AUGUSTA — The City Council on Thursday narrowly approved a six-month moratorium on the establishment of any recreational marijuana stores and social clubs within city limits, a precautionary reaction to a citizen referendum that Maine voters appeared to approve during the Nov. 8 election.

In Augusta, supporters of the moratorium, including City Manager William Bridgeo, argued it would give the city time to consider and prepare for the effects of Question 1, a citizen initiative legalizing the use and possession of recreational marijuana by adults who are at least 21.

Bridgeo said the moratorium takes effect immediately.

The new state law also eventually would allow the creation of retail marijuana stores and social clubs where the substance could be bought and used on site, among other provisions.

State lawmakers are now responsible for creating recreational marijuana rules, a process Bridgeo said could take more than six months.

“This is not to indicate a bias towards or against what was approved,” Bridgeo said of the moratorium. “It’s to sort out (the local rules) in a nonrushed, unpressurized fashion,

The new state law does give municipalities the right to restrict or even permanently ban retail marijuana businesses within their borders, but that isn’t necessarily what Augusta officials wish to do, they have said. Some councilors said recently there may be an economic development opportunity for Augusta in allowing legitimate existing businesses to sell marijuana.

On Thursday, one opponent of the temporary ban on the development of recreational marijuana businesses, At-large Councilor Dale McCormick, said it did not reflect the will of voters who approved the referendum on Nov. 8.

“The voters voted, and we should be a responsive city, and moratoriums don’t say ‘responsive’ to me,” McCormick said before the vote.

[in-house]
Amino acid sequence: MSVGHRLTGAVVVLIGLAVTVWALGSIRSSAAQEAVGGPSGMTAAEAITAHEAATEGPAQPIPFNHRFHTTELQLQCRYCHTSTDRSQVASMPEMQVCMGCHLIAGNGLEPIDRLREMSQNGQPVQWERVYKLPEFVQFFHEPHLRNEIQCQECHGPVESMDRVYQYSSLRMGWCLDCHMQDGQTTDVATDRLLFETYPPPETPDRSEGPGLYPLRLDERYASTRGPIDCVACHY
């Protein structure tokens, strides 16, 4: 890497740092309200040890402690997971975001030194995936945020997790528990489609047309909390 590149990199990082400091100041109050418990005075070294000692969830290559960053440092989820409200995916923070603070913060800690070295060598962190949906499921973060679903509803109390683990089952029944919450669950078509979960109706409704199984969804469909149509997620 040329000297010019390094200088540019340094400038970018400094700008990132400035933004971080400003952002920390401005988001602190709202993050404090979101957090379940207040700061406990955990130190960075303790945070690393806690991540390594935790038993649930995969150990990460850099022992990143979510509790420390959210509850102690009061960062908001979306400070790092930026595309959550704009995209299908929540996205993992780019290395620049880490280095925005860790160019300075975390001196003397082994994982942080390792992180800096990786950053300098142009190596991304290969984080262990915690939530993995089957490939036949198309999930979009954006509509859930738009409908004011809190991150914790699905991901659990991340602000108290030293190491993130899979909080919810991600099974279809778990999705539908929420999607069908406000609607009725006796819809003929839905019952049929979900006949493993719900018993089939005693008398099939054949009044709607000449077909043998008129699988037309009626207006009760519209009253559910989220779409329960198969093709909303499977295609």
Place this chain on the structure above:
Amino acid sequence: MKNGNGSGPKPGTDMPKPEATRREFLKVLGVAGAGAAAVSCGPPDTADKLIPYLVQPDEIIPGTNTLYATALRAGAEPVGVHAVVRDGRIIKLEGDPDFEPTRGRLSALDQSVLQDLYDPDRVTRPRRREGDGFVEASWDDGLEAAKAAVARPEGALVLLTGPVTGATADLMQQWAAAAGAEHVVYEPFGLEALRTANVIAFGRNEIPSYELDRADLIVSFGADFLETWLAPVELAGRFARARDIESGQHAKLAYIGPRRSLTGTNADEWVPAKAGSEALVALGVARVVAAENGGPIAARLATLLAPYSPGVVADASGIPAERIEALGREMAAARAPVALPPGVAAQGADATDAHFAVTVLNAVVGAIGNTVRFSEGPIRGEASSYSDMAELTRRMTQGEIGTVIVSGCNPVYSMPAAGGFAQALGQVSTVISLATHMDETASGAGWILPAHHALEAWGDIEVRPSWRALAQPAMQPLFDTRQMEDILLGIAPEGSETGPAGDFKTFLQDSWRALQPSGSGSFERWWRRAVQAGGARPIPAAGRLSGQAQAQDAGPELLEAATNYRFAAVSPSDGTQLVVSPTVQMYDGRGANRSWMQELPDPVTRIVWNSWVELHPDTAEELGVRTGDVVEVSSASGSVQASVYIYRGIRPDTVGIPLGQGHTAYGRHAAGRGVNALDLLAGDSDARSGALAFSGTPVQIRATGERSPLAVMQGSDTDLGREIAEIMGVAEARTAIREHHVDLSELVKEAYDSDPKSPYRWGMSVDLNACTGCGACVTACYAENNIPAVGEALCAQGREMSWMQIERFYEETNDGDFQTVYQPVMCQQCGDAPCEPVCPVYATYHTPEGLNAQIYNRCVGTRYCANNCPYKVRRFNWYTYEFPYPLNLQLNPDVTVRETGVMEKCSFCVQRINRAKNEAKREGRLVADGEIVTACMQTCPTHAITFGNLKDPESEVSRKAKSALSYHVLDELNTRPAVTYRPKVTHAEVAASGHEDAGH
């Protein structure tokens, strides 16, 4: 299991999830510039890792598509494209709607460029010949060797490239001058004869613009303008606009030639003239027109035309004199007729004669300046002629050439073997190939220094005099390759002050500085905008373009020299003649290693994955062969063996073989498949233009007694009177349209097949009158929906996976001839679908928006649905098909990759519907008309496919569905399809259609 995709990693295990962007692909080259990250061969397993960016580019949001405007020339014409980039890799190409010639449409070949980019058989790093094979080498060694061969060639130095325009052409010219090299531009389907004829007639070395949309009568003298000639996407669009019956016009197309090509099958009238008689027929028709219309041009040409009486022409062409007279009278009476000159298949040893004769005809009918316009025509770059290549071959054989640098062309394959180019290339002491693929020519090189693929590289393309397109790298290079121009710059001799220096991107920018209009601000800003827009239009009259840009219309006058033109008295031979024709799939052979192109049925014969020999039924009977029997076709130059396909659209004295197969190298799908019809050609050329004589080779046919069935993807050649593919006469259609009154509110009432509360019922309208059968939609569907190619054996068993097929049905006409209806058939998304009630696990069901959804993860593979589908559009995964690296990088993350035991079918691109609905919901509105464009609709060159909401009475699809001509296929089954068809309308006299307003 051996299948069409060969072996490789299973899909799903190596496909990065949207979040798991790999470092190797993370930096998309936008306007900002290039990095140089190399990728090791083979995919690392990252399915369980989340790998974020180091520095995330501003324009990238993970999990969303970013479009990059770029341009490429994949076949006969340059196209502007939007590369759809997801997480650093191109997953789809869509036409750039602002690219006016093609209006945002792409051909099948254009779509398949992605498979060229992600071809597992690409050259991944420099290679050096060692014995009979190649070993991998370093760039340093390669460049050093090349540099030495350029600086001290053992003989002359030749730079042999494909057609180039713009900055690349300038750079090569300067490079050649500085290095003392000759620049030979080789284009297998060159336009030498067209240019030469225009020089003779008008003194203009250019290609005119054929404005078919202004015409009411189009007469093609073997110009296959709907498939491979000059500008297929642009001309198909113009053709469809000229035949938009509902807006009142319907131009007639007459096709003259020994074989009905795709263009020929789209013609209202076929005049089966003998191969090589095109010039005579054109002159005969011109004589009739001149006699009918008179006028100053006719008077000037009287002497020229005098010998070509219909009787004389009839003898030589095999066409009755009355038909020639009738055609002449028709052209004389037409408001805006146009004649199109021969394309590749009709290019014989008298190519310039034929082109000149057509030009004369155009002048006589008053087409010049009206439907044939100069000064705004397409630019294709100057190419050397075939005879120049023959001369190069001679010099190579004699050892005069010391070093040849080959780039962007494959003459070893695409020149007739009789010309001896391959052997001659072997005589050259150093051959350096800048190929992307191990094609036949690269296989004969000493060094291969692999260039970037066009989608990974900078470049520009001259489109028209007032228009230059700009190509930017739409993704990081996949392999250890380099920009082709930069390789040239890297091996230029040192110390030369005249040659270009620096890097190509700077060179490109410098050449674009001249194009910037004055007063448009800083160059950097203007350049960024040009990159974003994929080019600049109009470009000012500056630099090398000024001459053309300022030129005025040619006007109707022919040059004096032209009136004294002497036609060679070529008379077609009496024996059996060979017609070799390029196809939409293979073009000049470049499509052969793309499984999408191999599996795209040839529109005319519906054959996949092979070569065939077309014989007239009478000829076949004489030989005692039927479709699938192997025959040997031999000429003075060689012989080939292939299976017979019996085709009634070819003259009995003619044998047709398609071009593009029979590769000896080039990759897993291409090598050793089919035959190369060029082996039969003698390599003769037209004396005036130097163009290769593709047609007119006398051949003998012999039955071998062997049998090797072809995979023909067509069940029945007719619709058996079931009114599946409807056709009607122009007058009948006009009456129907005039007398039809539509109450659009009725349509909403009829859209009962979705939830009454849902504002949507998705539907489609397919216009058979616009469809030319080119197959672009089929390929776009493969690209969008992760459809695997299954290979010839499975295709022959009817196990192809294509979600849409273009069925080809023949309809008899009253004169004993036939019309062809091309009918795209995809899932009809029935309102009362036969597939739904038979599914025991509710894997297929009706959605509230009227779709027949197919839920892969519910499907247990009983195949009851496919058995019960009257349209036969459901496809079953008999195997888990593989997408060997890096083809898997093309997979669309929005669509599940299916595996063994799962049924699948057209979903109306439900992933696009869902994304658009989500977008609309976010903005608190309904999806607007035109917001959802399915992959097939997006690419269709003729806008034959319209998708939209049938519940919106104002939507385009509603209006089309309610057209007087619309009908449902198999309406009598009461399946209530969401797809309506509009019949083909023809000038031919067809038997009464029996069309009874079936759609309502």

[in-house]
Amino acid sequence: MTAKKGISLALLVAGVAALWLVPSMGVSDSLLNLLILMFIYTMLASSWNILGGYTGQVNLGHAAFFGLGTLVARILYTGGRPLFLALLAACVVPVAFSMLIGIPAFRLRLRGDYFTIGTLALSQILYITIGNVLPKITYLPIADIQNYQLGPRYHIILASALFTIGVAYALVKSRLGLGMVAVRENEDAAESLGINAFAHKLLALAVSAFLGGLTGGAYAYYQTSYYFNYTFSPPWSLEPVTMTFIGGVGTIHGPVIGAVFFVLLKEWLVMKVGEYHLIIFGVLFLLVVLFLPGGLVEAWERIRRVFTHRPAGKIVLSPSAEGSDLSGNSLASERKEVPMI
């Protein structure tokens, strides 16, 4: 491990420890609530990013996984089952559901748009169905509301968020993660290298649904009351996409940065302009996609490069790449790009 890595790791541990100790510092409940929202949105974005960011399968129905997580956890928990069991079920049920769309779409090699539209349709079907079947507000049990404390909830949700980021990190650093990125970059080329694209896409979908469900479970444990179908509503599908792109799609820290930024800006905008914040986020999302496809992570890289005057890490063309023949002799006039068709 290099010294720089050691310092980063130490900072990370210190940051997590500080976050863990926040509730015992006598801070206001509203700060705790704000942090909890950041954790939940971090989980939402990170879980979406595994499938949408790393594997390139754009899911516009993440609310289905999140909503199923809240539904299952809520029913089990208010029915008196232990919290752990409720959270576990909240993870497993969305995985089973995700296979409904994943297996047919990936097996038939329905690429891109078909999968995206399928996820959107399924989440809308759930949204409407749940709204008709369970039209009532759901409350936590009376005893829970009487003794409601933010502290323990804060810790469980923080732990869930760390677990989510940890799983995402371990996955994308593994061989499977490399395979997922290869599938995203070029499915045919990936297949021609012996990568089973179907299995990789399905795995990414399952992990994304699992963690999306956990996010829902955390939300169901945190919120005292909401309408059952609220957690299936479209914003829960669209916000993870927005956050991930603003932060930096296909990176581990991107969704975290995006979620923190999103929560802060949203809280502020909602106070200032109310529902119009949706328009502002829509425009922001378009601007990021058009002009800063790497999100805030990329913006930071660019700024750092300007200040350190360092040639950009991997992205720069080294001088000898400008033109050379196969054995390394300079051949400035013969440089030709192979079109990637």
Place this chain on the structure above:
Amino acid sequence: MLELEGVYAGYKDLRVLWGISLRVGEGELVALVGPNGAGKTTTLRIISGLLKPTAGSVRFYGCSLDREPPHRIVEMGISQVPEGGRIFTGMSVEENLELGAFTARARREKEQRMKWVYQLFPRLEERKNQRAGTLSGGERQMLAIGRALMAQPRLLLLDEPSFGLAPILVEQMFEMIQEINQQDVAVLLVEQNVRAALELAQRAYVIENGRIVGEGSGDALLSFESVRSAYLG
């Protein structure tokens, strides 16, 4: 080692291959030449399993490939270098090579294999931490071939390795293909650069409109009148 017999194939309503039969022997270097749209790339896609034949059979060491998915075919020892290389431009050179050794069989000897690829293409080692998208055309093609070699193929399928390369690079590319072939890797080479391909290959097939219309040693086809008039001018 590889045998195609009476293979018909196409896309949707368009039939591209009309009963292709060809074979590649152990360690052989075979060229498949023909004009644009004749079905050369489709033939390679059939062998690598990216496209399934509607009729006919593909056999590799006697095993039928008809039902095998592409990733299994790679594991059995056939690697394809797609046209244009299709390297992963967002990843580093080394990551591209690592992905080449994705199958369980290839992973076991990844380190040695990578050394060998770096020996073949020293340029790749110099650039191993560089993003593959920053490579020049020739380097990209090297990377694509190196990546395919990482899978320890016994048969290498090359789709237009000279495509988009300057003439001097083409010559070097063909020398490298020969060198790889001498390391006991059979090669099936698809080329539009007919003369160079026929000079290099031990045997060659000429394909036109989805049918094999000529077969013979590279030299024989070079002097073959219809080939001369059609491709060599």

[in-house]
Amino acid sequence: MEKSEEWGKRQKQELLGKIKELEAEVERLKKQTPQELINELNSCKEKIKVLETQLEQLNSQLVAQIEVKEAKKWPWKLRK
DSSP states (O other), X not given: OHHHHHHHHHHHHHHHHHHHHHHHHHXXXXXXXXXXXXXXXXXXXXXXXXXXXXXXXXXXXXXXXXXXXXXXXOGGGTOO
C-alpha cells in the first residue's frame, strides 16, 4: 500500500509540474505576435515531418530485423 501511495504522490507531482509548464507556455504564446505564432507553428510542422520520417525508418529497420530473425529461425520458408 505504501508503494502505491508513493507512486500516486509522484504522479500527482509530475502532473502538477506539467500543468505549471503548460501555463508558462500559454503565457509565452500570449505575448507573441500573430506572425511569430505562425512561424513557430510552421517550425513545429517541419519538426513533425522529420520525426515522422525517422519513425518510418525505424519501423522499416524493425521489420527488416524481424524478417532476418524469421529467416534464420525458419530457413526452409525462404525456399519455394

Statewide, Question 1 appeared to pass with a margin of just over 4,000 votes; but opponents of the measure requested a recount — a lengthy process now in its second week.

In Augusta, however, just over half of voters who participated in the Nov. 1 election opposed Question 1, according to results posted on the secretary of state’s website. It was opposed by 4,740 local voters and supported by 4,194.

At the Thursday night council meeting, the moratorium on recreational marijuana stores and social clubs in the city was approved in a 4-3 vote — a close outcome that included a seventh, tie-breaking vote from Mayor David Rollins.

Along with Rollins, councilors Darek Grant, Patrick Paradis and Cecil Munson supported the moratorium. It was opposed by councilors Linda Conti, Jeffrey Bilodeau and Dale McCormick.

Absent from the meeting were councilors Anna Blodgett and Marci Alexander.

In late November, Bridgeo said he asked Stephen Langsdorf, the city’s attorney, to prepare a draft recreational marijuana ordinance for councilors to consider adopting, given the election outcome.

At the time, several councilors expressed interest in a moratorium.

Langsdorf speculated the recount could delay legalization until sometime in January, but given the referendum’s margin of victory, he said his law firm, Preti, Flaherty, Beliveau & Pachios LLP, believes there is “an extremely low chance of that being flipped over.”

Since the election, several other central Maine communities have considered moratoriums on marijuana establishments. They include Hallowell, Gardiner, Winslow, Clinton and Madison.

In late November, Farmington approved a six-month moratorium on retail sales of marijuana and social clubs where pot can be consumed.

Charles Eichacker — 621-5642

[email protected]

Twitter: @ceichacker

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